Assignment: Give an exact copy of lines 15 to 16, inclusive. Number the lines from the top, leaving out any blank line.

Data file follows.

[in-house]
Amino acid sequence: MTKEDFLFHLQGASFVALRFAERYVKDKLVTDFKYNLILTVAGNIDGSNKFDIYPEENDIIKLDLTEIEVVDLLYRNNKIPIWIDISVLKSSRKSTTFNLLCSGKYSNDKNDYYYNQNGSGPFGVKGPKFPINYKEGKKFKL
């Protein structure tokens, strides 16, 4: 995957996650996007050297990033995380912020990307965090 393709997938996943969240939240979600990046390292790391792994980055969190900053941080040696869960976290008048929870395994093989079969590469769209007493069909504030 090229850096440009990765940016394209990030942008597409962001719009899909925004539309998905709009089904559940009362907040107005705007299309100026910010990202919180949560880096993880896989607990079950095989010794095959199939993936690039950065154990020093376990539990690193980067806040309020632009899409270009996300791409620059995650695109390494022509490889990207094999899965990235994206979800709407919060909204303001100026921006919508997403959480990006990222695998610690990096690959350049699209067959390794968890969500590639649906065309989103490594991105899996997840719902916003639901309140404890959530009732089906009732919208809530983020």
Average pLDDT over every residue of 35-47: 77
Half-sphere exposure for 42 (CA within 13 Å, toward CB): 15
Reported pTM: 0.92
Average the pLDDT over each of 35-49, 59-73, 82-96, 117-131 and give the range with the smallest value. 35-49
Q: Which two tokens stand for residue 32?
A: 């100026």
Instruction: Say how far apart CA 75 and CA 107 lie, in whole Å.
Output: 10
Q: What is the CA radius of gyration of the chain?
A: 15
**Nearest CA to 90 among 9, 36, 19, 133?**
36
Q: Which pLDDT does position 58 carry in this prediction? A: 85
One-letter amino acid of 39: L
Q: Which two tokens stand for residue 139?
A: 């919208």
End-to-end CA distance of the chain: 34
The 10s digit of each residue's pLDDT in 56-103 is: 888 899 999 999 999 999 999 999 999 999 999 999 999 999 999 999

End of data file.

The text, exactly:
36
Q: Which pLDDT does position 58 carry in this prediction? A: 85